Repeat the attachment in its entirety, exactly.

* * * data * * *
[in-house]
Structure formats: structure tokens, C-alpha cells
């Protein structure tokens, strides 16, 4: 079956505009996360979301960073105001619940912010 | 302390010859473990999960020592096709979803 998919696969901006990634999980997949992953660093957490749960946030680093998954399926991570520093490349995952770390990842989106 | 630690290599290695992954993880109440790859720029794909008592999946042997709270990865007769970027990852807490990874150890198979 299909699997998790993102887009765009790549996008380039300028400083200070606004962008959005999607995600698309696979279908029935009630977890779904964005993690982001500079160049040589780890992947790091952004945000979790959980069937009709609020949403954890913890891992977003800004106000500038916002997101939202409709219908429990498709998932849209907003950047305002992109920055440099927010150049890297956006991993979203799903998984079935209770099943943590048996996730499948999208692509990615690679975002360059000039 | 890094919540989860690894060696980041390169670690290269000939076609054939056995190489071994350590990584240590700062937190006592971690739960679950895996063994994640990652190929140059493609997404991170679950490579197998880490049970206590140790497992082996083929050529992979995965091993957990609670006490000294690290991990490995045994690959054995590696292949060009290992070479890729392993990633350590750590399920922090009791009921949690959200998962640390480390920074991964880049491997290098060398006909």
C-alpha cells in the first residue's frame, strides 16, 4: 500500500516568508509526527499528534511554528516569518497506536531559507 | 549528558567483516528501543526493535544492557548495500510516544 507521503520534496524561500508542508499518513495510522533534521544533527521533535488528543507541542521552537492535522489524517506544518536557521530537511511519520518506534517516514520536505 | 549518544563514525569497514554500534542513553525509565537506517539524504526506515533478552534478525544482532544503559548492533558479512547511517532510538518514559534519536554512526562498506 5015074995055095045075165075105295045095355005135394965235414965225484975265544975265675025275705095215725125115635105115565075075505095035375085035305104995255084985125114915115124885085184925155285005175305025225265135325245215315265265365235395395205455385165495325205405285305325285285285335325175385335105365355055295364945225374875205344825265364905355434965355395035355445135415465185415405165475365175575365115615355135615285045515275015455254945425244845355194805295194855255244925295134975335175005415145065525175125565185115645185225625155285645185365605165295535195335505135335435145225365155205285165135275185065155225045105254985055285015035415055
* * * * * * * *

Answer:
[in-house]
Structure formats: structure tokens, C-alpha cells
């Protein structure tokens, strides 16, 4: 079956505009996360979301960073105001619940912010 | 302390010859473990999960020592096709979803 998919696969901006990634999980997949992953660093957490749960946030680093998954399926991570520093490349995952770390990842989106 | 630690290599290695992954993880109440790859720029794909008592999946042997709270990865007769970027990852807490990874150890198979 299909699997998790993102887009765009790549996008380039300028400083200070606004962008959005999607995600698309696979279908029935009630977890779904964005993690982001500079160049040589780890992947790091952004945000979790959980069937009709609020949403954890913890891992977003800004106000500038916002997101939202409709219908429990498709998932849209907003950047305002992109920055440099927010150049890297956006991993979203799903998984079935209770099943943590048996996730499948999208692509990615690679975002360059000039 | 890094919540989860690894060696980041390169670690290269000939076609054939056995190489071994350590990584240590700062937190006592971690739960679950895996063994994640990652190929140059493609997404991170679950490579197998880490049970206590140790497992082996083929050529992979995965091993957990609670006490000294690290991990490995045994690959054995590696292949060009290992070479890729392993990633350590750590399920922090009791009921949690959200998962640390480390920074991964880049491997290098060398006909």
C-alpha cells in the first residue's frame, strides 16, 4: 500500500516568508509526527499528534511554528516569518497506536531559507 | 549528558567483516528501543526493535544492557548495500510516544 507521503520534496524561500508542508499518513495510522533534521544533527521533535488528543507541542521552537492535522489524517506544518536557521530537511511519520518506534517516514520536505 | 549518544563514525569497514554500534542513553525509565537506517539524504526506515533478552534478525544482532544503559548492533558479512547511517532510538518514559534519536554512526562498506 5015074995055095045075165075105295045095355005135394965235414965225484975265544975265675025275705095215725125115635105115565075075505095035375085035305104995255084985125114915115124885085184925155285005175305025225265135325245215315265265365235395395205455385165495325205405285305325285285285335325175385335105365355055295364945225374875205344825265364905355434965355395035355445135415465185415405165475365175575365115615355135615285045515275015455254945425244845355194805295194855255244925295134975335175005415145065525175125565185115645185225625155285645185365605165295535195335505135335435145225365155205285165135275185065155225045105254985055285015035415055